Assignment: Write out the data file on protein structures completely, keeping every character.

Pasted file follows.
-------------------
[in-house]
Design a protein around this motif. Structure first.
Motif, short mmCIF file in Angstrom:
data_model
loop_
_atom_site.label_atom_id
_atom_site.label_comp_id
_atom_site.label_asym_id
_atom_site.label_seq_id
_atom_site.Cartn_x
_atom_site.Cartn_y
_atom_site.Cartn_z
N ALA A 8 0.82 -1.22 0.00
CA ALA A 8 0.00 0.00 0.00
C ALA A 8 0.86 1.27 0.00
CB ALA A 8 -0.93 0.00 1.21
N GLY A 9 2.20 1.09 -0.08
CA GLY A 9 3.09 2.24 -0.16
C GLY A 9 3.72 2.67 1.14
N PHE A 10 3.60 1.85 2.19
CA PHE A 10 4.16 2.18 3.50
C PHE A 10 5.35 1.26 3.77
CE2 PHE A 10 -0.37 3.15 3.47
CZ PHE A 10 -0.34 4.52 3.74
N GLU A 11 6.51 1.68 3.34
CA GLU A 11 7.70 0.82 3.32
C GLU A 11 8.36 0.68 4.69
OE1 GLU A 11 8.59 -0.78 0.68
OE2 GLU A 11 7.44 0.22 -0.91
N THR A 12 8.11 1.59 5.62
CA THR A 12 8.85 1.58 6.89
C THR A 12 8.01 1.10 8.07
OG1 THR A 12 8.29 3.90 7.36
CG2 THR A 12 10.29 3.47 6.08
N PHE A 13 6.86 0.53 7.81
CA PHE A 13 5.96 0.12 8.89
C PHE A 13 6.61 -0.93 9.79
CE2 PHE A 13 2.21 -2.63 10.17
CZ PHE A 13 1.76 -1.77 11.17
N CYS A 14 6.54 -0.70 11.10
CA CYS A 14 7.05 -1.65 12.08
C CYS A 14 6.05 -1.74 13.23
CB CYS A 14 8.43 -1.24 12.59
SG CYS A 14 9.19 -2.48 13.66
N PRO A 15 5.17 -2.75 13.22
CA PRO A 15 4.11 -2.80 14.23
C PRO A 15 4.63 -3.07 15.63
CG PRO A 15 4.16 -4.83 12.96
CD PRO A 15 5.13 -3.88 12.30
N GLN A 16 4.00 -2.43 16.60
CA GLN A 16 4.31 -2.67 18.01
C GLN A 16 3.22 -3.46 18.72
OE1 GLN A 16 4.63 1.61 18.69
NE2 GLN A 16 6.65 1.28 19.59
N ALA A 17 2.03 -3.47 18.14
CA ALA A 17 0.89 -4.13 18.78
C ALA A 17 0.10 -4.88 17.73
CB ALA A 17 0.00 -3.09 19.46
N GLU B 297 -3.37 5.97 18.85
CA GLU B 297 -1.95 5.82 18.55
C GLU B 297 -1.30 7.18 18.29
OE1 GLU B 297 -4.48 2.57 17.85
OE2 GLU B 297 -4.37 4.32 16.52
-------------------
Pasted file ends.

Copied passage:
[in-house]
Design a protein around this motif. Structure first.
Motif, short mmCIF file in Angstrom:
data_model
loop_
_atom_site.label_atom_id
_atom_site.label_comp_id
_atom_site.label_asym_id
_atom_site.label_seq_id
_atom_site.Cartn_x
_atom_site.Cartn_y
_atom_site.Cartn_z
N ALA A 8 0.82 -1.22 0.00
CA ALA A 8 0.00 0.00 0.00
C ALA A 8 0.86 1.27 0.00
CB ALA A 8 -0.93 0.00 1.21
N GLY A 9 2.20 1.09 -0.08
CA GLY A 9 3.09 2.24 -0.16
C GLY A 9 3.72 2.67 1.14
N PHE A 10 3.60 1.85 2.19
CA PHE A 10 4.16 2.18 3.50
C PHE A 10 5.35 1.26 3.77
CE2 PHE A 10 -0.37 3.15 3.47
CZ PHE A 10 -0.34 4.52 3.74
N GLU A 11 6.51 1.68 3.34
CA GLU A 11 7.70 0.82 3.32
C GLU A 11 8.36 0.68 4.69
OE1 GLU A 11 8.59 -0.78 0.68
OE2 GLU A 11 7.44 0.22 -0.91
N THR A 12 8.11 1.59 5.62
CA THR A 12 8.85 1.58 6.89
C THR A 12 8.01 1.10 8.07
OG1 THR A 12 8.29 3.90 7.36
CG2 THR A 12 10.29 3.47 6.08
N PHE A 13 6.86 0.53 7.81
CA PHE A 13 5.96 0.12 8.89
C PHE A 13 6.61 -0.93 9.79
CE2 PHE A 13 2.21 -2.63 10.17
CZ PHE A 13 1.76 -1.77 11.17
N CYS A 14 6.54 -0.70 11.10
CA CYS A 14 7.05 -1.65 12.08
C CYS A 14 6.05 -1.74 13.23
CB CYS A 14 8.43 -1.24 12.59
SG CYS A 14 9.19 -2.48 13.66
N PRO A 15 5.17 -2.75 13.22
CA PRO A 15 4.11 -2.80 14.23
C PRO A 15 4.63 -3.07 15.63
CG PRO A 15 4.16 -4.83 12.96
CD PRO A 15 5.13 -3.88 12.30
N GLN A 16 4.00 -2.43 16.60
CA GLN A 16 4.31 -2.67 18.01
C GLN A 16 3.22 -3.46 18.72
OE1 GLN A 16 4.63 1.61 18.69
NE2 GLN A 16 6.65 1.28 19.59
N ALA A 17 2.03 -3.47 18.14
CA ALA A 17 0.89 -4.13 18.78
C ALA A 17 0.10 -4.88 17.73
CB ALA A 17 0.00 -3.09 19.46
N GLU B 297 -3.37 5.97 18.85
CA GLU B 297 -1.95 5.82 18.55
C GLU B 297 -1.30 7.18 18.29
OE1 GLU B 297 -4.48 2.57 17.85
OE2 GLU B 297 -4.37 4.32 16.52